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After Both Parents Die Weeks Apart, Orphaned Teen Now Being Forced To Leave Grandparents' Home at Senior Living Center

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An Arizona family is in limbo after a homeowners association ruled that 15-year-old Collin Clabaugh is too young to live with his grandparents in their age-restricted community.

Collin has suffered the loss of both of his parents in the last year, KTVK reported.

His mother, Bonnie, died in the hospital last year.

Two weeks later, Collin’s father, Clay, died by suicide.

Now, Collin is trying to rebuild his life, moving from California to Prescott, Arizona, to live with the two people who love him dearly: his grandparents.

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A sophomore at Prescott High School, Collin said he wants to keep living with his grandparents, who own a home in a senior living community called The Gardens and Courtyard at Willow Creek.

But the HOA is determined to strictly enforce the rule that the minimum age requirement to live in the community is 19.

Collin, a few years too young and with nowhere else to go, must be out of the home by June, the HOA told Melodie Passmore, Collin’s grandmother.

“I cry every day,” Passmore told KTVK. “I try not to cry in front of him because I want him to be happy.”

The Passmores said they are meeting with a realtor to discuss their selling options, but worry they will be limited by the type of mortgage they have and their fixed Social Security income.

An attorney representing the homeowners association told KTVK that while the board understands the family’s unique situation, they must uphold the age-requirement rule.

“The board appreciates the difficulty of these circumstances but must balance the interests of all parties involved. The Passmores, and all other owners who purchased property in an age-restricted community expecting the age restrictions to be followed,” the statement read.

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Should the HOA make an exception to the rule in this case?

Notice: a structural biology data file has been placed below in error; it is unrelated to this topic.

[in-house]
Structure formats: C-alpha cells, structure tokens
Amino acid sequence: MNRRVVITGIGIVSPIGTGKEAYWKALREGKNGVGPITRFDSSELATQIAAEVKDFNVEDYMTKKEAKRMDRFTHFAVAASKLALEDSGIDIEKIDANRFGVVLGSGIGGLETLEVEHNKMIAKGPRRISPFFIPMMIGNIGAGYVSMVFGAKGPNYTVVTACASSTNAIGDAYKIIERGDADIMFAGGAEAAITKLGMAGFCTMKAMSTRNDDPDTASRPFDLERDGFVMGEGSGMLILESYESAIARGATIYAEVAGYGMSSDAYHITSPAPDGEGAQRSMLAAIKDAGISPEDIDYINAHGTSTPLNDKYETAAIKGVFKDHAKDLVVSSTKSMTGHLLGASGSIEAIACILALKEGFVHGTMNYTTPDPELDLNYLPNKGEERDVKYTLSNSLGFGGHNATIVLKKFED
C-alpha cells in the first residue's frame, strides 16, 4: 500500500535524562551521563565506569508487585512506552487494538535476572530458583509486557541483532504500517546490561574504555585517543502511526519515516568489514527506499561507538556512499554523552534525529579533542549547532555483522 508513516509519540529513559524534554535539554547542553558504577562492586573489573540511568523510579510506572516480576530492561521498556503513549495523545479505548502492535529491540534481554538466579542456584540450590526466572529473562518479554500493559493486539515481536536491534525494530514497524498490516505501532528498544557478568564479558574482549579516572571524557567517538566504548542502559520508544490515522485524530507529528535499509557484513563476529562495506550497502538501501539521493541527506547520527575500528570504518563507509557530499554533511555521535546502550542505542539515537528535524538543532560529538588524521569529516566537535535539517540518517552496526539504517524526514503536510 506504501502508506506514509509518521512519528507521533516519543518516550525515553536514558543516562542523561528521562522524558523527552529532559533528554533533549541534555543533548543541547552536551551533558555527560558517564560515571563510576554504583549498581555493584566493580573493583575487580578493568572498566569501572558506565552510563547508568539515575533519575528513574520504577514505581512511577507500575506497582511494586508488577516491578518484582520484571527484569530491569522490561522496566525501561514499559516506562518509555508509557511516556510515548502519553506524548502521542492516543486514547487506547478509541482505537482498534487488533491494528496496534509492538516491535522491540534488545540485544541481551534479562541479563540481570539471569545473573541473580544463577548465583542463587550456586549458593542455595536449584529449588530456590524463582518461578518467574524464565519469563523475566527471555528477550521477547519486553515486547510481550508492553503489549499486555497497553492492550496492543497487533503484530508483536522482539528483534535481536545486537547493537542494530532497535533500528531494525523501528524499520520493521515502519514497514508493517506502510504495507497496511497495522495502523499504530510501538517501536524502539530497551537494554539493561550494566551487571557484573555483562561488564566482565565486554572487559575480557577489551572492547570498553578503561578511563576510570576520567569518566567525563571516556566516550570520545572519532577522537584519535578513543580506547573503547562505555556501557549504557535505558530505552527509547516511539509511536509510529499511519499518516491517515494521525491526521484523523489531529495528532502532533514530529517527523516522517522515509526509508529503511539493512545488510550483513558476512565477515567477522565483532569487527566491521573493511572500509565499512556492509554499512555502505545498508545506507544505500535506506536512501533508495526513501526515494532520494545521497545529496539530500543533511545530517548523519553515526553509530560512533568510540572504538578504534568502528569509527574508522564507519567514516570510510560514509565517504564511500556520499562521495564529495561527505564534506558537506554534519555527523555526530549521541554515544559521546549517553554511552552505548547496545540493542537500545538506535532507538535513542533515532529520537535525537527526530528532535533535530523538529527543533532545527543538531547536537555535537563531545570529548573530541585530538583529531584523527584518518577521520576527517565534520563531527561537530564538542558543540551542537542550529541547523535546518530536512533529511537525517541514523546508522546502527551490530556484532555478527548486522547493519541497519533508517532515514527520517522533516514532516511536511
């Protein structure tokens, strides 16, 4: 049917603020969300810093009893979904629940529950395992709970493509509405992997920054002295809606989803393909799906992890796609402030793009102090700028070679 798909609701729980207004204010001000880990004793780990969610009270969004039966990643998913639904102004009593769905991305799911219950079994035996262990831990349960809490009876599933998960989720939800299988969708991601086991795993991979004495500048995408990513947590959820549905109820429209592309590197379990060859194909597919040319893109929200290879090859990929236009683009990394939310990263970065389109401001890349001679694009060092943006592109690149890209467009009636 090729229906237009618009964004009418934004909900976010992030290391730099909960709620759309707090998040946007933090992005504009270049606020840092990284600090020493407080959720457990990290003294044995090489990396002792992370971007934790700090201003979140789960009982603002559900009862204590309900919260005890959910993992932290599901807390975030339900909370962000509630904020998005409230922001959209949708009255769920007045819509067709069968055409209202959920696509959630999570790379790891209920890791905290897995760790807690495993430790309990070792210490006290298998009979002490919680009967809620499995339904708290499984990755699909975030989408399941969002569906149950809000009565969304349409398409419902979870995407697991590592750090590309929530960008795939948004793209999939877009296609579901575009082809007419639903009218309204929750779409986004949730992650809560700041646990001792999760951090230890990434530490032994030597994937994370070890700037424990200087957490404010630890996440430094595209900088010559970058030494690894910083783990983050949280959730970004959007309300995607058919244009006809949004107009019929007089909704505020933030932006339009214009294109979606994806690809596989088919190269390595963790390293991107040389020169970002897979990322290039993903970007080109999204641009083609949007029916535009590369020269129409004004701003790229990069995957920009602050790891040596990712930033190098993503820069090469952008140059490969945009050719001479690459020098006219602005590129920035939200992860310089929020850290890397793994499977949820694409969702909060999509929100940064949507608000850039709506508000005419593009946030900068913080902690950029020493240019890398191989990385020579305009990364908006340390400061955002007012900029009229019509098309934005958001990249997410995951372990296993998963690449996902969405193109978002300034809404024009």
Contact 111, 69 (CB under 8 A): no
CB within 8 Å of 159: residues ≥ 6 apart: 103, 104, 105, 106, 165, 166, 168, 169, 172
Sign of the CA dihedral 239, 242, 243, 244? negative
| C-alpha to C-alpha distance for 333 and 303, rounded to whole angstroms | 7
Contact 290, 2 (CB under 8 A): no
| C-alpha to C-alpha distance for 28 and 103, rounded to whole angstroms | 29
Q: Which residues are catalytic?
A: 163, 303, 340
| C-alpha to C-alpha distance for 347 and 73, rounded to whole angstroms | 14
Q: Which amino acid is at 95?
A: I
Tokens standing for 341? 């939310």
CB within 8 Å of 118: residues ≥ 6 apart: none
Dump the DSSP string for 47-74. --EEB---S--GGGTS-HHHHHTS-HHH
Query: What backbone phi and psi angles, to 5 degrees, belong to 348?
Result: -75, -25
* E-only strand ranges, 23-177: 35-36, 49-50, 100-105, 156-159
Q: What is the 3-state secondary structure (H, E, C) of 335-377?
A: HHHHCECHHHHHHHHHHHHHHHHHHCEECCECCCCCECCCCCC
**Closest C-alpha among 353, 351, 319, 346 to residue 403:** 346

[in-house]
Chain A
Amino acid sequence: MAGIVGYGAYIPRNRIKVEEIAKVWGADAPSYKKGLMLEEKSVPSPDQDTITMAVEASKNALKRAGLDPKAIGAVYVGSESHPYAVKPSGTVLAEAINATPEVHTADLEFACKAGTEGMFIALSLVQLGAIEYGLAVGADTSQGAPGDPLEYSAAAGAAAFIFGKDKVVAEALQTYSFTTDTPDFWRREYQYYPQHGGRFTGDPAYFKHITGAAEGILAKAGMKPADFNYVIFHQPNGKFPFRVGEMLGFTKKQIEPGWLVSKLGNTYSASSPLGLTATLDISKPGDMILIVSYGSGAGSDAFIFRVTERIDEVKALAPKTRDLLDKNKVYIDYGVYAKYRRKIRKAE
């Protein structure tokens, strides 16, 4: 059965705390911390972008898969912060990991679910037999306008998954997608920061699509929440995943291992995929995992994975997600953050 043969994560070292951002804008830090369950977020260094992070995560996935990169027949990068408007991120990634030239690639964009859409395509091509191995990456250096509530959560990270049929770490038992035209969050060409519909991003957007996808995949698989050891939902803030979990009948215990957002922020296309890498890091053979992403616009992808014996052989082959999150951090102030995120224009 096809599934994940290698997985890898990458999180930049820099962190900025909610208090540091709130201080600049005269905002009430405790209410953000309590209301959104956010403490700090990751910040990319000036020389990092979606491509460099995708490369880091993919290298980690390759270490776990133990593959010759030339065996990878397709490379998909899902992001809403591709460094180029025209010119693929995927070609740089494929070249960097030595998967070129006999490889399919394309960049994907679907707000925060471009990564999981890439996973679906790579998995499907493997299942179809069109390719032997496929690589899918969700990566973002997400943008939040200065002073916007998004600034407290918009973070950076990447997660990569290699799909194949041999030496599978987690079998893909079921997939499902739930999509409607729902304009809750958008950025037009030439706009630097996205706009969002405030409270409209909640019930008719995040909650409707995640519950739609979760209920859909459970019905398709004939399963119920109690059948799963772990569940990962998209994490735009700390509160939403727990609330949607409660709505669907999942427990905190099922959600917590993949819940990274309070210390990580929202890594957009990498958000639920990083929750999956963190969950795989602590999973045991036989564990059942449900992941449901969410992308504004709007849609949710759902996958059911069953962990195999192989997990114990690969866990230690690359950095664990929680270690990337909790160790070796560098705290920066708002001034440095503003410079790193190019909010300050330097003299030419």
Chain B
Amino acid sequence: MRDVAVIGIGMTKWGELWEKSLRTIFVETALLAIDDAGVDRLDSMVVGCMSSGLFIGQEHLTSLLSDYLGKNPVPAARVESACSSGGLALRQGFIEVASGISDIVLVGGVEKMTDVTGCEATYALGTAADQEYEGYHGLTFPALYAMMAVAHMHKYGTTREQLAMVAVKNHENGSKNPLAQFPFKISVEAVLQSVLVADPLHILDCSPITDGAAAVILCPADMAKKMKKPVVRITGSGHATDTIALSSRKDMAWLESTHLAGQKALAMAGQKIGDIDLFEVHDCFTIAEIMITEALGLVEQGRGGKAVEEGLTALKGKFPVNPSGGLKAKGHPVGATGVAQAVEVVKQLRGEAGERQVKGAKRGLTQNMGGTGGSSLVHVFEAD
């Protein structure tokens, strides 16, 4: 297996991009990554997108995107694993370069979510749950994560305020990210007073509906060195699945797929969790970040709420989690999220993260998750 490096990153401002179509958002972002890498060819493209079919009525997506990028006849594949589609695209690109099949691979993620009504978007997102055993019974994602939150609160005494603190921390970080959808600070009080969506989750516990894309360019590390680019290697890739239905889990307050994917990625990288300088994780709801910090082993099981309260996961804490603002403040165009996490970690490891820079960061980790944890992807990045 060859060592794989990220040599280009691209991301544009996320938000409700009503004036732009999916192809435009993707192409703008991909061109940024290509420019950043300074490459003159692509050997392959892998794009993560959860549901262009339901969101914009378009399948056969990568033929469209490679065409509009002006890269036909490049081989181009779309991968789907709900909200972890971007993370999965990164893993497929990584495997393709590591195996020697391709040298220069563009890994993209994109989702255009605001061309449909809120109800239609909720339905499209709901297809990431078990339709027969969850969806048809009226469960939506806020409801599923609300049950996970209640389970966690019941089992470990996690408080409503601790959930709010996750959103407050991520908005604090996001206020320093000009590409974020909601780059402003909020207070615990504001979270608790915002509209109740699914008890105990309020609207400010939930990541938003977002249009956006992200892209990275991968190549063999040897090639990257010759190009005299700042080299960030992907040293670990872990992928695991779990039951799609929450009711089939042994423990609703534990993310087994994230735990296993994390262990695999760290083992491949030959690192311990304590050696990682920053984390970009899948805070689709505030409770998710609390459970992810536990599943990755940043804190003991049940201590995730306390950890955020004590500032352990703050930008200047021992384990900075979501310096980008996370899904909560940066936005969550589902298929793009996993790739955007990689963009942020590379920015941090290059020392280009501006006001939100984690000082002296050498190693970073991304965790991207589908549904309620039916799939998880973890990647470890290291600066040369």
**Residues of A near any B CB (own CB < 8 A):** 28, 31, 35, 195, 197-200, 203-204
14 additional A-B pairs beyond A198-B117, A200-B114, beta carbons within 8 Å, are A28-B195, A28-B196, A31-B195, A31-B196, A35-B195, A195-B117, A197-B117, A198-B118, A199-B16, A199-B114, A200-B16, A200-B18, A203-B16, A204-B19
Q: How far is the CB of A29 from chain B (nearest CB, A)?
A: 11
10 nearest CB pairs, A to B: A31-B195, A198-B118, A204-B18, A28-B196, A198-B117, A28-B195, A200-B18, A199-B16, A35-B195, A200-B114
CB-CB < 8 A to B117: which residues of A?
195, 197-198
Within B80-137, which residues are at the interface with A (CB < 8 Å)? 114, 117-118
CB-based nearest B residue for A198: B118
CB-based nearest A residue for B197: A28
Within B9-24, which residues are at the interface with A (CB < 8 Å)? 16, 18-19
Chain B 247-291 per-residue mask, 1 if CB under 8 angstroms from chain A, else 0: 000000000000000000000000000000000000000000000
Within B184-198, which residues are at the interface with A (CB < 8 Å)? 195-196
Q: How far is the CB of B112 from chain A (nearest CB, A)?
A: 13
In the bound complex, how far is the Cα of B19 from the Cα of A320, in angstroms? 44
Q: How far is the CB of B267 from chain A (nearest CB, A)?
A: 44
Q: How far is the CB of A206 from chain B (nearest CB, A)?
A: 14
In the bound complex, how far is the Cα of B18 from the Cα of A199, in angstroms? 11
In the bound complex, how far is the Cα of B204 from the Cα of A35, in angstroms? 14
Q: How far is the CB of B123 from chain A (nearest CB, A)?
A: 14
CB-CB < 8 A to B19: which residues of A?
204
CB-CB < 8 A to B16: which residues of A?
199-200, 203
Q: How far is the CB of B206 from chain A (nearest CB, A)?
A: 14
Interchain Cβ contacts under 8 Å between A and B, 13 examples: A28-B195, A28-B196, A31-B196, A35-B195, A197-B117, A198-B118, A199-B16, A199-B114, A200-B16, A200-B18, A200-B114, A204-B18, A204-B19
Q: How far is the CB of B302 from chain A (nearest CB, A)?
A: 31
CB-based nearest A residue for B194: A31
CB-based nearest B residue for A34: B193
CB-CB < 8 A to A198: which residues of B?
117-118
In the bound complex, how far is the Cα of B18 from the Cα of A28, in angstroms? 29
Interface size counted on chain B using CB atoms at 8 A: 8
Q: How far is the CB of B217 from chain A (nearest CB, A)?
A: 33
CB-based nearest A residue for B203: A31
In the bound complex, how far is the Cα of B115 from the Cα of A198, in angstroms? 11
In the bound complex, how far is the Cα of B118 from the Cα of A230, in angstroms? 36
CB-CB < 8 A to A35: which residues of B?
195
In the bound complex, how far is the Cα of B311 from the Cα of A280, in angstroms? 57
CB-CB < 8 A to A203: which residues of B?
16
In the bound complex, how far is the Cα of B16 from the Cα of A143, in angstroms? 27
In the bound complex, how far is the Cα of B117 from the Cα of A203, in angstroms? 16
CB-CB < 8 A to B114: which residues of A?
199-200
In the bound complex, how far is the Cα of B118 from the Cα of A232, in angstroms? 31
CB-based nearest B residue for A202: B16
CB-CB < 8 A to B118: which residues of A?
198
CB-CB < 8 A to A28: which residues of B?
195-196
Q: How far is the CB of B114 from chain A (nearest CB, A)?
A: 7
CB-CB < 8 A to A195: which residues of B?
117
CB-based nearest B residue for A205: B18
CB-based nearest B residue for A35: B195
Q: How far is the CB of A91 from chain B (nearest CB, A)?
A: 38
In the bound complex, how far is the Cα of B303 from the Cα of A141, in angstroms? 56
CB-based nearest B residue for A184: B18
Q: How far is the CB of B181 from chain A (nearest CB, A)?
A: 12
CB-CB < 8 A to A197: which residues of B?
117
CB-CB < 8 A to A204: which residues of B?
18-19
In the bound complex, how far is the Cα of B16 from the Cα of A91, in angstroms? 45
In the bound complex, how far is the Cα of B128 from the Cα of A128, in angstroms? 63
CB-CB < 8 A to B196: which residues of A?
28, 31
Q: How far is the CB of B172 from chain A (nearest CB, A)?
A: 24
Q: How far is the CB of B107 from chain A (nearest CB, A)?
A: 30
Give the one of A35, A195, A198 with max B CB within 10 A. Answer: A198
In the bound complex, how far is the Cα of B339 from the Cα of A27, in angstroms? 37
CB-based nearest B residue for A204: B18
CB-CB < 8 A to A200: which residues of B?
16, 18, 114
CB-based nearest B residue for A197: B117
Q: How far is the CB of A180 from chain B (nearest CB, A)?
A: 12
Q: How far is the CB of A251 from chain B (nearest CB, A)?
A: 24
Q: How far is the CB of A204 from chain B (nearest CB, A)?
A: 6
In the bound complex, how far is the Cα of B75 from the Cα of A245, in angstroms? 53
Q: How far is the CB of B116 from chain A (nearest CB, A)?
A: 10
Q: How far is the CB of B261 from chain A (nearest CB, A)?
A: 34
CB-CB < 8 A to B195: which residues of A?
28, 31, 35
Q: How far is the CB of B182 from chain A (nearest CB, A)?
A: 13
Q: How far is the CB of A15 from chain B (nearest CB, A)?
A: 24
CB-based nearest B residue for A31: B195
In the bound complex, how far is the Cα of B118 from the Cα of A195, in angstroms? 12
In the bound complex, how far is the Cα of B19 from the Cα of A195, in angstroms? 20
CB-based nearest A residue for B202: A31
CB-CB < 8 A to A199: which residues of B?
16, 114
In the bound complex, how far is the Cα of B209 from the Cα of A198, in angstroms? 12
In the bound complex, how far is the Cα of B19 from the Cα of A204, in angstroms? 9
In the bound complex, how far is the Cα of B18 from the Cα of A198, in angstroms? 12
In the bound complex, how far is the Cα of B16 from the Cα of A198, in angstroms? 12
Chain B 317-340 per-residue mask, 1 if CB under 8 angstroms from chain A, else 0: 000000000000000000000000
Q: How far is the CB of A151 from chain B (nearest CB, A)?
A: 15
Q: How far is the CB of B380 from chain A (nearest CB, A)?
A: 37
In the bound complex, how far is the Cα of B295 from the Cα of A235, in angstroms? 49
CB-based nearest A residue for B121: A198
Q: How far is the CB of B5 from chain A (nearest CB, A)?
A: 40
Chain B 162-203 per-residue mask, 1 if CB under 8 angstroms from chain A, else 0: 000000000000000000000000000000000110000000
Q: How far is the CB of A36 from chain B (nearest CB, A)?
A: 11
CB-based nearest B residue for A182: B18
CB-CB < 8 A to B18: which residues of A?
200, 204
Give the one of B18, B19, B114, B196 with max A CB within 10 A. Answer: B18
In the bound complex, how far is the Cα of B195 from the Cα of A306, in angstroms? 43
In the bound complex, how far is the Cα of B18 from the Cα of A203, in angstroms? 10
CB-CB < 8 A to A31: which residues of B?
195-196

If the Passmores get permission to bend the rule, it may set a precedent for future families to expect the same.

“Community associations that fail to enforce their residency age restrictions leave themselves open to legal claims from other residents and could even endanger the ability of the association to remain an age-restricted community,” the statement added.

But some say an exception to a rule is always possible, including some of the Passmores’ neighbors.

“Neighbors who approached us told us this was wrong for HOA to do,” KTVK’s David Caltabiano wrote on Twitter.

“My big message is, ‘get a heart,'” Passmore said.

“You may be a grandparent and all of a sudden, you have to take someone in because there is nowhere else for them to go,” she added.

“I want to be here,” Collin said, “because I know I have two people who love me.”

As the month of June looms over the sophomore’s head, the family is scrambling to figure out a solution.

“It breaks my heart because this rule is more important than a human life,” Collin said.

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A graduate of Grand Canyon University, Kim Davis has been writing for The Western Journal since 2015, focusing on lifestyle stories.
Kim Davis began writing for The Western Journal in 2015. Her primary topics cover family, faith, and women. She has experience as a copy editor for the online publication Thoughtful Women. Kim worked as an arts administrator for The Phoenix Symphony, writing music education curriculum and leading community engagement programs throughout the region. She holds a degree in music education from Grand Canyon University with a minor in eating tacos.
Birthplace
Page, Arizona
Education
Bachelor of Science in Music Education
Location
Phoenix, Arizona
Languages Spoken
English
Topics of Expertise
Lifestyle & Human Interest




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